-vest and operate against Lee's line of communications; but
Meade felt this would not bear fruit in time to keep Lee from
crossing the Susquehanna and seizing Harrisburg. He therefore
abandoned Hooker's scheme and decided to advance more to the
ortheast, directly toward the enemy, with Pipe Creek as a possible defensive battle line. Meade could still shift to a movement
against Lee's communications by way of Mjechanicstown and
Hagerstown.4 0
As Meade anticipated, Lee, near midnight on June 28, ordered
a concentration of the Confederate army in the Cashtown-Gettysburg area, where he hoped Meade would attack him.4 ' Lee had
the advantage in that Meade had only three roads upon which to
concentrate at Gettysburg, if he so desired, while the Southerners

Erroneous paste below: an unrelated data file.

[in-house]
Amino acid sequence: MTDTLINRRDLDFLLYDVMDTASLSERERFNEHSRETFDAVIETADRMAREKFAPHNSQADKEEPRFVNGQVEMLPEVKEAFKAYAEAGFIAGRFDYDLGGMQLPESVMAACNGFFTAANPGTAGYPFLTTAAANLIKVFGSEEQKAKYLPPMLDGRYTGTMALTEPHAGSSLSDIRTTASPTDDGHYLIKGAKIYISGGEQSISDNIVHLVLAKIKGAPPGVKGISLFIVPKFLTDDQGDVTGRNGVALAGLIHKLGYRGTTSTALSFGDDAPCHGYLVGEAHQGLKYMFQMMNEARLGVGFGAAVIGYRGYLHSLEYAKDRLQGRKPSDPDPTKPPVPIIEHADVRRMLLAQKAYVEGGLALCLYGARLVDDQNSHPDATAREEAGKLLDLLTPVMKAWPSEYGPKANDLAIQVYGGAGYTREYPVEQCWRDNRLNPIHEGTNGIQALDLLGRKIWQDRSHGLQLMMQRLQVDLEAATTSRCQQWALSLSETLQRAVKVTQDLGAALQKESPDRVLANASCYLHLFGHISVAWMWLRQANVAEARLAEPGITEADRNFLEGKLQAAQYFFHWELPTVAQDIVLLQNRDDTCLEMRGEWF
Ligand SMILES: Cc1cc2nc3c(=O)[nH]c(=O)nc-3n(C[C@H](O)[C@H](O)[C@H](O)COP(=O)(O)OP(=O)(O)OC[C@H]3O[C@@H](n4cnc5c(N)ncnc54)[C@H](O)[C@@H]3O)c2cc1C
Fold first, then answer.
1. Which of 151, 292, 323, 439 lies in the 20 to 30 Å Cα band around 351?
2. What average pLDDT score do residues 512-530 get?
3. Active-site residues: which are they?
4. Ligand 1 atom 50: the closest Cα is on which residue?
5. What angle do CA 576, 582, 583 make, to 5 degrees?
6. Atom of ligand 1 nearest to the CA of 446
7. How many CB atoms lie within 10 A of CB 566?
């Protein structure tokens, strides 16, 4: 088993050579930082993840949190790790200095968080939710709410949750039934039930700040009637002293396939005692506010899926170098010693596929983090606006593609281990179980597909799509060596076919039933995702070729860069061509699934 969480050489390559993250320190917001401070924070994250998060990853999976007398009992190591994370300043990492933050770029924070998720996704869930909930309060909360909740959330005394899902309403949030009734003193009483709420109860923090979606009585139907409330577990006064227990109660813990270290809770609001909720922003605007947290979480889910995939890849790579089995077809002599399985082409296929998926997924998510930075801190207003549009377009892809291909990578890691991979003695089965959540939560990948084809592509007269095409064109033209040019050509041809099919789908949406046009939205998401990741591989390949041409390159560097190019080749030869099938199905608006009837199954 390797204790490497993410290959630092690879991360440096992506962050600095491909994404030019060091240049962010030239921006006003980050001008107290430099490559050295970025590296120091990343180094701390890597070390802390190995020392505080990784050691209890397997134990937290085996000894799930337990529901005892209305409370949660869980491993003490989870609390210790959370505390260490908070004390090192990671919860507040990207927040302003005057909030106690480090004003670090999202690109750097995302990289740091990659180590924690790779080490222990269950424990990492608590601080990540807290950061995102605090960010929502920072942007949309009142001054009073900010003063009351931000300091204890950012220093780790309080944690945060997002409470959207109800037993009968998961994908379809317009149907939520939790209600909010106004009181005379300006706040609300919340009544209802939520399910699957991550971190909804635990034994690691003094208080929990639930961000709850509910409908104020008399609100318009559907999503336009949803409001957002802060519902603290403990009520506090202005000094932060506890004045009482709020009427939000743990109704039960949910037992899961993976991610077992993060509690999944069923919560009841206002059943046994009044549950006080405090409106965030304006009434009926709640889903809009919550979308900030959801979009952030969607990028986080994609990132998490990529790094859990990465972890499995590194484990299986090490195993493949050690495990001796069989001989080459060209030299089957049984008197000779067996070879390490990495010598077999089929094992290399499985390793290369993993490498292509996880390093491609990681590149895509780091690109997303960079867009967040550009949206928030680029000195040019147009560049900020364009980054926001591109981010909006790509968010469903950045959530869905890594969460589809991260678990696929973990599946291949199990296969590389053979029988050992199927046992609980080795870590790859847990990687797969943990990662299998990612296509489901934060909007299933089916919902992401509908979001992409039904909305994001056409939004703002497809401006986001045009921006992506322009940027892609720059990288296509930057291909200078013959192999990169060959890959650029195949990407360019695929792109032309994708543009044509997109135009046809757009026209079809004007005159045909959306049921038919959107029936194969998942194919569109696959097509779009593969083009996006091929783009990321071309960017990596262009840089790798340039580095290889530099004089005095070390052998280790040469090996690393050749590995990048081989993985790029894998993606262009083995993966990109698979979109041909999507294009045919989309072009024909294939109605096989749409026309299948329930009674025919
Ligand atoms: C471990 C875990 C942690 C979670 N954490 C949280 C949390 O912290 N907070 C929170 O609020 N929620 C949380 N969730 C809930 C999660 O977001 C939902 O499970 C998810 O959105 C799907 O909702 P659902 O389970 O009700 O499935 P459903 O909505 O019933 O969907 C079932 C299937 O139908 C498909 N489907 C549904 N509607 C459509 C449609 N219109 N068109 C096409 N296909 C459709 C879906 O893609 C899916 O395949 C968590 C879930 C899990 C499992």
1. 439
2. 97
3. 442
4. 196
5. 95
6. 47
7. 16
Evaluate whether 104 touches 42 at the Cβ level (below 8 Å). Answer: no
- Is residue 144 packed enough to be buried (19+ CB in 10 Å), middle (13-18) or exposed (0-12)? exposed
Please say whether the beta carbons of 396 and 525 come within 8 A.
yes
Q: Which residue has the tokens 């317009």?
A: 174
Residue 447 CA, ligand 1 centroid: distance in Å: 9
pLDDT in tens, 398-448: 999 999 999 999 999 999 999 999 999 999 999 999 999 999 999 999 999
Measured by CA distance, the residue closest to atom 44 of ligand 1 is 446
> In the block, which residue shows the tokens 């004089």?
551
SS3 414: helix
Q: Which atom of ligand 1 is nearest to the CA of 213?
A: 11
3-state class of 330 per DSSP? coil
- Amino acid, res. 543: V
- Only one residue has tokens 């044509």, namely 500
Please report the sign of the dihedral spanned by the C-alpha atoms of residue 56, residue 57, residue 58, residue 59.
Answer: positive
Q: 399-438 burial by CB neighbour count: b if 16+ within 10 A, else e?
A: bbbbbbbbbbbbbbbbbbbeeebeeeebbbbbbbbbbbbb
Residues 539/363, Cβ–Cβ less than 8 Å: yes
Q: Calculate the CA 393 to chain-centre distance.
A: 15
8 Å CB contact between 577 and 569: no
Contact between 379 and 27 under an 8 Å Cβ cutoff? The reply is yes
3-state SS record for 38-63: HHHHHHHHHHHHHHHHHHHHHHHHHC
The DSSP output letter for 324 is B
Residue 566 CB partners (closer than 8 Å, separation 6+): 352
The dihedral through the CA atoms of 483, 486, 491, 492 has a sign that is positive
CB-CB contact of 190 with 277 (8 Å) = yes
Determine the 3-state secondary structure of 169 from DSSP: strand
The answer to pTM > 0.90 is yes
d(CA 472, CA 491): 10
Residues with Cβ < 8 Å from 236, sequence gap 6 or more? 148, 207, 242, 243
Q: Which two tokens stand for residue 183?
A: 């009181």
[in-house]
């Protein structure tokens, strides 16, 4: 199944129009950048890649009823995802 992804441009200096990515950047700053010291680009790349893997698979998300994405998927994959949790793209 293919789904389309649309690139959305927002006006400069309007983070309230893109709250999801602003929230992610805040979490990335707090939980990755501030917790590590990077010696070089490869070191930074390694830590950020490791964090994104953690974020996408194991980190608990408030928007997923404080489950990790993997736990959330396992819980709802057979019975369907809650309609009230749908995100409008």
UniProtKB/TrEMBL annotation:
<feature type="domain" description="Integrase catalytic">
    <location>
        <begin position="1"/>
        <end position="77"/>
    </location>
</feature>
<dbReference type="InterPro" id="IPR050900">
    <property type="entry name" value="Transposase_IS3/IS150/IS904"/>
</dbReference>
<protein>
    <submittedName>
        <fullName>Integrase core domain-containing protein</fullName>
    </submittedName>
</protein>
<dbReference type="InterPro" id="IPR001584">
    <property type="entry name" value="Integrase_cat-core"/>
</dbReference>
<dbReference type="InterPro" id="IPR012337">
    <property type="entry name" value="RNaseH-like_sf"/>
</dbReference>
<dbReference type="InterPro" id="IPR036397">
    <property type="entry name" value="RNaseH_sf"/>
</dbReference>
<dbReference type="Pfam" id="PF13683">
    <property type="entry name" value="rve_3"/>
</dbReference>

had seven. Meade wired Halleck at 10:00 a.m. on June 29: "My
endeavor will be in my movements to hold my force well together,
with the hope of falling upon some portion of Lee's army in
detail." On the 30th, the initiative still rested with Lee, for Meade
stated, in a message to Washington on that date, that he had
"received information that the enemy are advancing, probably in
strong force, on Gettysburg.... It is the intention to hold this
army pretty nearly in the position it now occupies until the plans
of the enemy shall have been more fully developed." 4 2
But Meade needed more than the observations of local citizens
as to present Confederate movements, and he wished also to
cover his contemplated occupation of the line along Pipe Creek,
just north of the Mason-Dixon Line. So he ordered John Buford's
cavalry division to Gettysburg on June 30, with Abner Doubleday's I Corps and 0. 0. Howard's XI Corps to move there the
next day. Daniel Sickles's III Corps was ordered to Emmitsburg. 4 2
These three corps were under Reynolds's command. Buford proceeded to Gettysburg and, appreciating the terrain and the fact